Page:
Wide view of Venice: Piazza San Marco - Riva degli Schiavoni


... o Servetta Muta (Mute Servant)

Mysterious and intriguing: this may be the reasons of the great success of this mask, the so-called Moretta (the name means "Dark", because of its color).

The mask, used by women only, is made of black velvet and held in place by biting on a little button, would highlight the beauty and the blond hairs of the user, and protecting their virtue, not letting them talk, and … lack of brain? Just a guess. Rather uncomfortable for sure, but that's the way fashion has always been.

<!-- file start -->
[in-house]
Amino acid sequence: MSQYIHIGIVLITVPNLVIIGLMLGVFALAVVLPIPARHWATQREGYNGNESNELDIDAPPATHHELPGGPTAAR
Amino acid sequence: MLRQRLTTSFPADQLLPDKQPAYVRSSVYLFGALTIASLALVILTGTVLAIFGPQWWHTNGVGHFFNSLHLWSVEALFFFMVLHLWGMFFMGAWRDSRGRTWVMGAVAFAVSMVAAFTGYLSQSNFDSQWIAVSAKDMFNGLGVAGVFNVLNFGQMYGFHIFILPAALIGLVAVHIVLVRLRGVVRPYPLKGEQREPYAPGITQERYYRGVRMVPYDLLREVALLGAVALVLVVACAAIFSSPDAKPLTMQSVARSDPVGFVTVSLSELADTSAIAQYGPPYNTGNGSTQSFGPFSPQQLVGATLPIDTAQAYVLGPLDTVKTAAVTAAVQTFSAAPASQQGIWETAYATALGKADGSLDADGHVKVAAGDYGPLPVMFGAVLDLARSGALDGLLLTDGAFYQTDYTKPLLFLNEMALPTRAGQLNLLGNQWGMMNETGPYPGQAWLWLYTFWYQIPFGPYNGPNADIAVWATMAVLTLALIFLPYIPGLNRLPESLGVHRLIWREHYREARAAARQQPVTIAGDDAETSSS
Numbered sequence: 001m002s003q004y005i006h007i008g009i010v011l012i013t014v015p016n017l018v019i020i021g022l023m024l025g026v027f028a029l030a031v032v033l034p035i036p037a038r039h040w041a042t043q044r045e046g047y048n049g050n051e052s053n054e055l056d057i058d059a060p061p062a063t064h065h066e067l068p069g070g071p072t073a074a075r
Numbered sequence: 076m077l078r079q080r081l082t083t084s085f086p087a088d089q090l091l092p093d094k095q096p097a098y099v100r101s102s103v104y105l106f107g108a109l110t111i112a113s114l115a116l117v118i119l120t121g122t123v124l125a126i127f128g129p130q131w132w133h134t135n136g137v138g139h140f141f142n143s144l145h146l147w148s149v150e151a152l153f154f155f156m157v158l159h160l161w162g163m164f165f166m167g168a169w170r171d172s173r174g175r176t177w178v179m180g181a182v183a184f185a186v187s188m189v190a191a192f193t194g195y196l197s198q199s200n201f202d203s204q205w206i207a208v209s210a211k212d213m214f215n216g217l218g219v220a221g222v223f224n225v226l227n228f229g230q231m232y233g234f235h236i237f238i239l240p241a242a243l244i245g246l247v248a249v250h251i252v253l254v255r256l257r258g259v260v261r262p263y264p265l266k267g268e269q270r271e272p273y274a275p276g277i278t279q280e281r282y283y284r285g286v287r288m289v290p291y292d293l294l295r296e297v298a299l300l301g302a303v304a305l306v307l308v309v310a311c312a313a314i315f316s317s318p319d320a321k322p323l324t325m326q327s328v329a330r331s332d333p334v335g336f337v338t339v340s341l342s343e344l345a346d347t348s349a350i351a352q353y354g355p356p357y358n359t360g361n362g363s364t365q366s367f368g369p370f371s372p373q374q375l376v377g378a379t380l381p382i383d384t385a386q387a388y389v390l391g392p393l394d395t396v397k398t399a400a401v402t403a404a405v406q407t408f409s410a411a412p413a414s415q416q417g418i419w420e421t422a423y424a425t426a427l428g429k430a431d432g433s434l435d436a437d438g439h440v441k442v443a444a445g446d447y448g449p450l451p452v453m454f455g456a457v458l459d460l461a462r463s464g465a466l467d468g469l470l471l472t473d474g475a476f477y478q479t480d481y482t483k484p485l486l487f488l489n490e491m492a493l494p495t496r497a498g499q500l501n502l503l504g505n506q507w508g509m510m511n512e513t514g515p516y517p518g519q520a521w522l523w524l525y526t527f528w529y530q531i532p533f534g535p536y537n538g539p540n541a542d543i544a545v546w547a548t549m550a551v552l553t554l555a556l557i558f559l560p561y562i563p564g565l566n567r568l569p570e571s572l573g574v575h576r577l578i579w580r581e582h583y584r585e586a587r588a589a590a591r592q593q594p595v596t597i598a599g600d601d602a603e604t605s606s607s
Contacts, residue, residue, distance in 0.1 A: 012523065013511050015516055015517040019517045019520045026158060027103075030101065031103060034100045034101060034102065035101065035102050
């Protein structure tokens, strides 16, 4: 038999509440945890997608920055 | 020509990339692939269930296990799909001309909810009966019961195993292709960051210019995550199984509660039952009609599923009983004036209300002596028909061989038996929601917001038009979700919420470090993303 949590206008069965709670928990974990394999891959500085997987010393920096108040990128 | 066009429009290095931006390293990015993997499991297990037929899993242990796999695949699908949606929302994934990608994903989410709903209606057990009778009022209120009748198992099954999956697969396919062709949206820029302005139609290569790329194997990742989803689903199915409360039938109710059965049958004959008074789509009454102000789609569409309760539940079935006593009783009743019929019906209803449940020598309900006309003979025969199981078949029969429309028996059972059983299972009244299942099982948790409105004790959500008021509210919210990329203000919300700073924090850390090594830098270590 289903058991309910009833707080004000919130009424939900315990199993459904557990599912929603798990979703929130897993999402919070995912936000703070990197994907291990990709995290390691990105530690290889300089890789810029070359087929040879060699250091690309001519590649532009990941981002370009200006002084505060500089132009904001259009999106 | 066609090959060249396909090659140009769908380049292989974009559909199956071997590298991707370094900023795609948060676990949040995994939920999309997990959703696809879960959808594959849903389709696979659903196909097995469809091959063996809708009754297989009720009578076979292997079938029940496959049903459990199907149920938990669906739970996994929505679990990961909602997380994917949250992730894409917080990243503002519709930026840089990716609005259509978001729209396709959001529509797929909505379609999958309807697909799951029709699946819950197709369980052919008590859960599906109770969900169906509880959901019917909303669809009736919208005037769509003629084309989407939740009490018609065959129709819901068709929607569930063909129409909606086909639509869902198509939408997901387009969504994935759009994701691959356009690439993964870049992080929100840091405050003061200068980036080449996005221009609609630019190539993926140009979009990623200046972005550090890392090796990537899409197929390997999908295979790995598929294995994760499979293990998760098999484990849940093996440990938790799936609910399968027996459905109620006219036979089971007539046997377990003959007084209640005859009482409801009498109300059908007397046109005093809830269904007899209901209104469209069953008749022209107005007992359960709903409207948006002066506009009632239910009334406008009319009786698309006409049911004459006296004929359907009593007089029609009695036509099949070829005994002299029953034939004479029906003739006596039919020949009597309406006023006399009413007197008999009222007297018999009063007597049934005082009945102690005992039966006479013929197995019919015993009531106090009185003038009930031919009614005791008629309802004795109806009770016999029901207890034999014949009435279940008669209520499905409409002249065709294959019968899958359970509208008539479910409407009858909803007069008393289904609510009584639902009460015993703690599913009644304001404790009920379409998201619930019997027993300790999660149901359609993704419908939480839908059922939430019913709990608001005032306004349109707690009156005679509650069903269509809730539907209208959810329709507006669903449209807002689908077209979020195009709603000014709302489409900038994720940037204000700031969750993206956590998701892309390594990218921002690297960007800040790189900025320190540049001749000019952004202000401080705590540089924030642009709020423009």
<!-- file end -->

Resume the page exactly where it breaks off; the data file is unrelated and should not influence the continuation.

The forced silence to which these women were forced especially pleased the male counterpart … maybe the Venetian women were known for being too talkative?

The mask idea originally came from France, and was employed by the head of the family and cautious husbands to “take the young ladies out”. Out in the streets and visiting monasteries, to have a chat with the nuns there. Looks like fun, those were the times.

A “virtue mask” that, of course, during Carnival time added that forbidden, sinful halo to its user. Women loved it, that’s historical.

Watercolor by Giovanni Grevembroch: "Mascara"
Giovanni Grevembroch: "Mascara" (Mask)
pen, ink & watercolor (18th century) - Museo Correr, Venezia

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